Haven't been feeling too well as of late. Add a final exam coming up and the result is a squeezed-out blog post. I do, however, intend on writing every other day for the rest of my internship. I've got exciting things coming down the pipeline which will most likely change my blogging schedule, and perhaps even the outlet from which I publish my writing.
Anyways, I recently wrote about automation in our lives - one of my favorite posts might I add. There is very little one can predict with confidence but I'm undoubtedly sure that as society progresses, so too will the capabilities of artificial intelligence. So much so that we will eventually be competing for jobs with robots. Here's an excerpt from the Bloomberg post that inspired me to return to this subject:
The dividing line between what's routine and what's not is shifting. When the 2003 study was published, truck driving and medical diagnosis fell clearly into the non-routine category. That's no longer the case. According to the Oxford study, taxi drivers and chauffeurs are now among the most at-risk positions, facing an 89 percent probability of becoming automatable. (Considering that Google's fully autonomous cars have already clocked more than half a million test miles, 89 percent may be lowballing it.) Similarly, in health care, IBM's powerful artificial intelligence machine, dubbed Watson, is already getting paid to dispense advice on complex medical treatment decisions.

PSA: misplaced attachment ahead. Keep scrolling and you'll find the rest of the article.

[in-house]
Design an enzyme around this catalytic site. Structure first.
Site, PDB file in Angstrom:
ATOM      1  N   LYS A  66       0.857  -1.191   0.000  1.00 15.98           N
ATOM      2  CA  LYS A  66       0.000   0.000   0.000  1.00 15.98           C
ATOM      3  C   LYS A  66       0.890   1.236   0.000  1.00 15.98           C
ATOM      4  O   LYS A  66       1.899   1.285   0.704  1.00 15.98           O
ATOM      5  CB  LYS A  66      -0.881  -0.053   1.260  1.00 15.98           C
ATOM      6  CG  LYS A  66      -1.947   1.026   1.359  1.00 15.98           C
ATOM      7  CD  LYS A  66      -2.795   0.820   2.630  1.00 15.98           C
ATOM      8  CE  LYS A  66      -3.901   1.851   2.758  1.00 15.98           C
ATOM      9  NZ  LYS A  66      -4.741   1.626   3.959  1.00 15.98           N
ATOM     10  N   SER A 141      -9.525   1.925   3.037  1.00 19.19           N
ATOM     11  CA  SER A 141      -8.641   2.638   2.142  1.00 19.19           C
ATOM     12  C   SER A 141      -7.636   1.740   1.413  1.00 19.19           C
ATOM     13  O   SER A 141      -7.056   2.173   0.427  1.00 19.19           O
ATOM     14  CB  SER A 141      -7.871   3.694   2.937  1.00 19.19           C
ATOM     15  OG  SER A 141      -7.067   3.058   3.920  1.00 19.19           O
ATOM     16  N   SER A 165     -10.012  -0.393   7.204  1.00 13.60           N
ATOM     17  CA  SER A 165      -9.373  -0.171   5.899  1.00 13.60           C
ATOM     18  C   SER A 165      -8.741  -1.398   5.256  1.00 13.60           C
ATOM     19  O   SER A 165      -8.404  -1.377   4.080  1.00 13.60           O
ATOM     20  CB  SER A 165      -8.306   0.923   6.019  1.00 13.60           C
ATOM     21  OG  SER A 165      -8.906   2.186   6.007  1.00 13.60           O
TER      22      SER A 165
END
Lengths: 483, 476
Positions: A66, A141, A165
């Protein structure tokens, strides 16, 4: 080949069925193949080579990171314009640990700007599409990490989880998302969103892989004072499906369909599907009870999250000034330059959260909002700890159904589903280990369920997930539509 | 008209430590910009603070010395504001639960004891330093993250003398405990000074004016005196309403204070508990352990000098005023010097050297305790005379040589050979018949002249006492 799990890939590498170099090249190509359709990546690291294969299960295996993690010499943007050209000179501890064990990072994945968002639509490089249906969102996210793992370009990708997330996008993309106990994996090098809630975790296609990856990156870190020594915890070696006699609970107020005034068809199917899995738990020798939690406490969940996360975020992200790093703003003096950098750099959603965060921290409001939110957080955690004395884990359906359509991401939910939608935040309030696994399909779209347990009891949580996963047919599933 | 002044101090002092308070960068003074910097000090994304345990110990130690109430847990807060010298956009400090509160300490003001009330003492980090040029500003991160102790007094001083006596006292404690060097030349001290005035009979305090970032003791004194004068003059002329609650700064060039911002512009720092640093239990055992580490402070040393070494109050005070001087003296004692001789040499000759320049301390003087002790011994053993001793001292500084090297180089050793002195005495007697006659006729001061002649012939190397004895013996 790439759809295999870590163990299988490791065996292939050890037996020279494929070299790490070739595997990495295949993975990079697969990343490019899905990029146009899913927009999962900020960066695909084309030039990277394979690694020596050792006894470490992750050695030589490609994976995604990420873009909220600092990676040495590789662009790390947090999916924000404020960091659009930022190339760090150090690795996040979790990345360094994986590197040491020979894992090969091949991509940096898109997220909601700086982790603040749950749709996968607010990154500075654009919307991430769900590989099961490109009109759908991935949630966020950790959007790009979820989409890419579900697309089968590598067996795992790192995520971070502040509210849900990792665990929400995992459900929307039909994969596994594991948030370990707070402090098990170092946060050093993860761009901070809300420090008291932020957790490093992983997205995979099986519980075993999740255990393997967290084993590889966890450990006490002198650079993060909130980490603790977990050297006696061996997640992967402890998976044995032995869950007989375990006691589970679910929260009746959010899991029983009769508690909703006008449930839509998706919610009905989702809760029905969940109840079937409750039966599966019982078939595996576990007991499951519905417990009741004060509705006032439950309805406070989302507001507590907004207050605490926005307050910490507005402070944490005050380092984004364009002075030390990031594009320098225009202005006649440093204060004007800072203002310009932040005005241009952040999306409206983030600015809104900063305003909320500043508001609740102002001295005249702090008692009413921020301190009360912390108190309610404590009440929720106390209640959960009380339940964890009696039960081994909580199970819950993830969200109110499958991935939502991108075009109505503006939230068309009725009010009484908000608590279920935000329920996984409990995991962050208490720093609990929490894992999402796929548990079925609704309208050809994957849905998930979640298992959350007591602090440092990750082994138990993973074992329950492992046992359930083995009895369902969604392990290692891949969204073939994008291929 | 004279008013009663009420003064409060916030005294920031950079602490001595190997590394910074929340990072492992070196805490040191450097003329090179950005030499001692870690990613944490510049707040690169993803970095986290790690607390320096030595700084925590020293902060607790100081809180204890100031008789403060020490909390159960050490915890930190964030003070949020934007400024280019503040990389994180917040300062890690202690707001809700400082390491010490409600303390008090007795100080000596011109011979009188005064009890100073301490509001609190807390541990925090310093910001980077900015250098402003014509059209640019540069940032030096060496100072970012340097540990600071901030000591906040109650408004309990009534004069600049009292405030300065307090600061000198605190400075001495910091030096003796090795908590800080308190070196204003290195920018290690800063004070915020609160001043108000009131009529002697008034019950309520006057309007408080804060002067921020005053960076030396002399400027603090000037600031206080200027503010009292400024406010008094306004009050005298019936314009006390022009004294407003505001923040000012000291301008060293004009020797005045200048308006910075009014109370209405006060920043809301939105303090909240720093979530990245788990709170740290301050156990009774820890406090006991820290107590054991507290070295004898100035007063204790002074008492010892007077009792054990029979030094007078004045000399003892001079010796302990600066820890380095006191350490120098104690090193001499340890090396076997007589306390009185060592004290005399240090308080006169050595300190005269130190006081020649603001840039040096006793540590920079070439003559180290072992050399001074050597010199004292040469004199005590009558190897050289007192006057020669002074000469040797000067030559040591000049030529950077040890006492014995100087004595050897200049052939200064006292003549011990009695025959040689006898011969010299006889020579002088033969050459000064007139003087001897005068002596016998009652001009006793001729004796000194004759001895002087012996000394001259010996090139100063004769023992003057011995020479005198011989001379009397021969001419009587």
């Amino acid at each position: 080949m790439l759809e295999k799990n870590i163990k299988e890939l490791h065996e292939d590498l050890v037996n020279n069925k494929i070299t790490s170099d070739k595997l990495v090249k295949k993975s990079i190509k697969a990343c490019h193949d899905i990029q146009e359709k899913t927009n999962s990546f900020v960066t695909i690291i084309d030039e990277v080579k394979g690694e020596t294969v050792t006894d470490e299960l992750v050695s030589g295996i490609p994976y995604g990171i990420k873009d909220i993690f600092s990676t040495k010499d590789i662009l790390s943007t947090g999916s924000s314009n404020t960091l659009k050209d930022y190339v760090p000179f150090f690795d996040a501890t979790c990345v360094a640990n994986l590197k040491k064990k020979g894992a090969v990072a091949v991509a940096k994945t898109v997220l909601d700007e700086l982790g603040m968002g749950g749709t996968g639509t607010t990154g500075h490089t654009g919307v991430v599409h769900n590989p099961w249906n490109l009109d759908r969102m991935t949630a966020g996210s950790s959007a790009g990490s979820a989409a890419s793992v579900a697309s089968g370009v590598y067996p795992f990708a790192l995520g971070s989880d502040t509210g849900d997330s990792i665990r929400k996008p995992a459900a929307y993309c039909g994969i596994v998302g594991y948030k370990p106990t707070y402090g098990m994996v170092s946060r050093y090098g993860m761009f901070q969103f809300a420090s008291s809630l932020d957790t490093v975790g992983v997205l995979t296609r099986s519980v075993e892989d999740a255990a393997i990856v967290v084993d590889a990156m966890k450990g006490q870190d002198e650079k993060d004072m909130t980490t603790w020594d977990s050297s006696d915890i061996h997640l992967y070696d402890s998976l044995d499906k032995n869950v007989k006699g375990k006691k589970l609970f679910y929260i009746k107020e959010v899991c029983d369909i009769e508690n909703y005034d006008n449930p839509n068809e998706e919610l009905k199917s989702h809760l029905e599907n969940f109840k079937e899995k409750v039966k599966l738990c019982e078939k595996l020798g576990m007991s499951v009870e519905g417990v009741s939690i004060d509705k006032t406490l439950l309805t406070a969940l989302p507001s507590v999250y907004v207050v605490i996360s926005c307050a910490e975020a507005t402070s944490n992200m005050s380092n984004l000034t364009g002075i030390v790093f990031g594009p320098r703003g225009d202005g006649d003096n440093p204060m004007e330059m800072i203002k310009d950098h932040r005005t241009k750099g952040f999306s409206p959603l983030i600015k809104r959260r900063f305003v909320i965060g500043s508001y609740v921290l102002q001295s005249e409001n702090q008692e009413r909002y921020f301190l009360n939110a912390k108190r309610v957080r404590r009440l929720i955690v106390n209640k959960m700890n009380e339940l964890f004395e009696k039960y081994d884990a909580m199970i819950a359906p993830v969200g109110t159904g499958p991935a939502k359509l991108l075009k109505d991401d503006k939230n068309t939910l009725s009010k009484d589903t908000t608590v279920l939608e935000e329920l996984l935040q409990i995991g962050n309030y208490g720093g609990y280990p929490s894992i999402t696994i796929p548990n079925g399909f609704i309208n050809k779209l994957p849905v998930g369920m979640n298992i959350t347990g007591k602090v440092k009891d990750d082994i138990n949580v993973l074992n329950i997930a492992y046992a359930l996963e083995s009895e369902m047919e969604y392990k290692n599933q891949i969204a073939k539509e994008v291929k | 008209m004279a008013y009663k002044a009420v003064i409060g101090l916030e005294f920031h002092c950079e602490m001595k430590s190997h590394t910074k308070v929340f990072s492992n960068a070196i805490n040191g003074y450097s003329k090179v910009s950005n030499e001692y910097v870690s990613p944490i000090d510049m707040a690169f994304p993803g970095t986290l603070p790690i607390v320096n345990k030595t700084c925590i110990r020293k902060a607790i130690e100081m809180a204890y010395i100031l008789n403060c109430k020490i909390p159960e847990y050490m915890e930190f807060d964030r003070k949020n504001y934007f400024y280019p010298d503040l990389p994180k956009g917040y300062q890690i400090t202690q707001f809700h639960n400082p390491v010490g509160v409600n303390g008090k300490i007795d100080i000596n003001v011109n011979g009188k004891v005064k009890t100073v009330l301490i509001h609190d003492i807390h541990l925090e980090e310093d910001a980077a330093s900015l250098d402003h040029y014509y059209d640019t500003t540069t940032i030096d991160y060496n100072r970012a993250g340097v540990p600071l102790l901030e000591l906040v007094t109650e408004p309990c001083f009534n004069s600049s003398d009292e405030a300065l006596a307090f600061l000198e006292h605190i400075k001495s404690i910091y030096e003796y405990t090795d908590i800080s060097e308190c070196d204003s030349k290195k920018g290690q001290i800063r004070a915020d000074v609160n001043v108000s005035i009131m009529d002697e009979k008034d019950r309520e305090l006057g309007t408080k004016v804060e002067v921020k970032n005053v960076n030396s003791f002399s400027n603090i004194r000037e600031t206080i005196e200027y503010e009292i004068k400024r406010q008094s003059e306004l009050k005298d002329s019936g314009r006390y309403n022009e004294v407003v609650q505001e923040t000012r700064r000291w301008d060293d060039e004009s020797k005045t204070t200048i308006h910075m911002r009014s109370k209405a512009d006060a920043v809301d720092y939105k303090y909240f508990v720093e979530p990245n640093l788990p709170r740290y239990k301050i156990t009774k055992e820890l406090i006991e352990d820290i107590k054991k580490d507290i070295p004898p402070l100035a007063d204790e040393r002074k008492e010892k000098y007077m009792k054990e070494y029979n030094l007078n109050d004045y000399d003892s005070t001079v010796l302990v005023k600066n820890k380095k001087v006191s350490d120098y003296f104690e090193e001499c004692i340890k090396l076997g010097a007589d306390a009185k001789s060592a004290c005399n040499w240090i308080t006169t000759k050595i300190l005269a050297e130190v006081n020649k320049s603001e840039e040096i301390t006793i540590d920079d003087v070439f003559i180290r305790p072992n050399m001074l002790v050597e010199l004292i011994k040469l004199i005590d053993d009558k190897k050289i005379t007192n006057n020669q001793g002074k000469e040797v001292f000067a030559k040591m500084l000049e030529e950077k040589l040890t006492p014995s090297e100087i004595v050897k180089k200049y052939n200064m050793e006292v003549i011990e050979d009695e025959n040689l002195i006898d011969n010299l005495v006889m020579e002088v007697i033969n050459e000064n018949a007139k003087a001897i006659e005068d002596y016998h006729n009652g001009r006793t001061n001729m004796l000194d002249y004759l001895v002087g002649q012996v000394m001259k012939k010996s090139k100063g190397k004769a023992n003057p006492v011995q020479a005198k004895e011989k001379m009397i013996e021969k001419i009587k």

How do you keep up?
Be As Human As Possible:
The Bloomberg article suggests that the least at-risk roles to be replaced are those that require as little routine as possible. Artistic directors, poets, scientific researches, and managers all require judgement based on extenuating circumstances that artificial intelligence can't [yet] do. Typical middle income jobs, which sadly contain much routine, are going to slowly disappear as robots begin to do our work more efficiently. Even I have been slightly guilty at my internship of planting the seeds of unemployment by automating some of my tasks through VBA.
Learn To Live Amongst The Robots:
In this increasingly technological society there will be those who can automate and those who can't. I truly believe that the more you understand technology, and the better you are at understanding the inner workings of artificial intelligence, the more exempt you are from the trend in middle income job loss. My advice is to start learning more about technology and how it could impact you.
Perhaps you want to learn how to code, or understand hardware. There's an insane abundance of free material online from which to learn from. Whatever it is, try to expand your horizons, you may just be one of the millions who've already created their own jobs.
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